- The No. 9-ranked Ole Miss men's team dropped a 4-2 decision at Alabama, their first outdoor match in more than a month. Their other weekend match, a road contest at rival Mississippi State, was postponed and will be rescheduled for a later day. Next up is a marquee nonconference home match against No. 5 Baylor on Tuesday.

- The Ole Miss football team began spring practice Tuesday. Here Some storylines to follow, as the Rebels get into the heart of spring practice after Spring Break: The three-way quarterback battle, some position changes on defense and the return of Laquon Treadwell and Denzel Nkemdiche from injury. Check out some notes and quotes already on the blog and stay tuned to more coverage.

- NFL hopefuls Cody Prewitt, a projected second-round pick by CBSSports.com, and Senquez Golson, a projected fourth-round pick, continue to impress in pre-draft workouts, most recently at Ole Miss' Pro Day on Thursday. Three other hopefuls, Deterrian Shackelford, Carlos Thompson and Deterrian Shackelford also made some impressions. For more, check out my recap of Pro Day.

- Ole Miss played a couple of tribute videos before Saturday's home men's basketball game against Vanderbilt. Here's one to Tad Smith Coliseum, and here's another to graduating seniors Jarvis Summers and LaDarius White, two Mississippi natives and the first members of their respective immediate families to graduate from college.

With the Rebels' 82-74 win at Alabama on Tuesday night, Ole Miss has posted 20 wins for the seventh time in nine seasons under head coach Andy Kennedy. The Rebels recorded just seven 20-win campaigns in the 96 seasons before Kennedy's arrival.

Also, with the win over Alabama, Ole Miss positioned itself to earn the No. 3 seed in the Southeastern Conference tournament with a win over Vanderbilt on Saturday. But the Rebels could also finish fourth, fifth or sixth with a loss, depending on other outcomes in the league.

The No. 3 seed would not only mean a double-bye into the quarterfinals, but it would also place Ole Miss on the opposite side of the bracket from top seed and undefeated Kentucky.

"It was a huge game," said senior guard LaDarius White after the win over Alabama. "It was important and we needed this game."

As far as the NCAA Tournament, the win over Alabama kept Ole Miss around the No. 9 and No. 10 seed lines, depending on the bracket projection, and according to ESPN.com's Eamonn Brennan, the win also locked up an NCAA Tournament bid.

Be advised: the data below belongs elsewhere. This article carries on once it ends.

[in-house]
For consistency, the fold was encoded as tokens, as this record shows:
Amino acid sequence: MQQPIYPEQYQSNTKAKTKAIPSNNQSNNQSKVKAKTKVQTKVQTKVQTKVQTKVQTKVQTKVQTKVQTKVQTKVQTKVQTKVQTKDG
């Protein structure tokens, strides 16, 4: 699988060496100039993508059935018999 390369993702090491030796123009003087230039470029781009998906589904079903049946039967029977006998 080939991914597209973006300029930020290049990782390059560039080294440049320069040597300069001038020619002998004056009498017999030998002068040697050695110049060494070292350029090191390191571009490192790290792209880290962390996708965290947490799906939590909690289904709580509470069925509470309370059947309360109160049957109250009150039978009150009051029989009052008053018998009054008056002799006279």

"Either way, both teams are straddling the No. 8/9 seed lines at this late date," said Brennan of Georgia and Ole Miss in his latest Bubble Watch. "For either to miss the tournament, they'd have to drop two straight this weekend and next, and somehow have the dozen-or-so teams between them and the cut line pass them in the next nine days. Not going to happen."

That being said, the Rebels, now No. 44 in the latest NCAA RPI, can eliminate any doubt about their NCAA Tournament hopes and perhaps play their way up a seed line or two, between now and Selection Sunday, starting with a win over Vanderbilt on Saturday. 

There's not much reward playing the Commodores, ranked No. 102 in the RPI, but they have won four in a row and seven of their last nine games, dating back to the start of February.

"We get one more win, we have a secure seed in the NCAA tournament," sophomore forward Sebastian Saiz said. "That was the goal this season -- to get to the NCAA tournament and do well in it." 

Senior Send-Off for Five Rebels

Ole Miss will also honor its five seniors, three fourth-year seniors in Aaron Jones, Jarvis Summers and LaDarius White and two graduate seniors in M.J. Rhett and Terence Smith.

Jones, Summers and White have been a part of three of Kennedy's six 20-win seasons, including Summers who is the SEC active leader in points (1,587), assists (507), minutes (3,762) and wins (83). 

"It's Senior Night, so it's got to be the most important game for those guys who are leaving Ole Miss," Saiz said. "I expect them to come out with a lot of energy and show everybody they have been thankful for their time at Ole Miss."

Summers and White showed signs of a return to form in the win over Alabama, while Jones provided a spark with 10 points on 5-for-8 shooting, to go along with five rebounds, in 21 minutes off the bench.

Summers showed the decision-making that made him an All-SEC type player, dishing out seven assists compared to zero turnovers 32 minutes of action, while White exploded for 19 points on 7-for-9 shooting, including 4-for-5 from 3-point range. For White, it was his first double-digit scoring game since scoring 16 points in a win over Florida on Feb. 12.

"Snoop has struggled in the last two or three weeks," said Kennedy of White. "He has not shot the ball well. For him to go seven-of-nine, four-for-five from three, huge, huge effort for him. My hope is that it will give him the confidence that he needs to finish this thing strong."

The Manning Center played host to 16 former Ole Miss players, including NFL Scouting Combine participants Cody Prewitt and Senquez Golson, attempting to make a lasting impact on the 27 NFL teams represented at Pro Day on Thursday.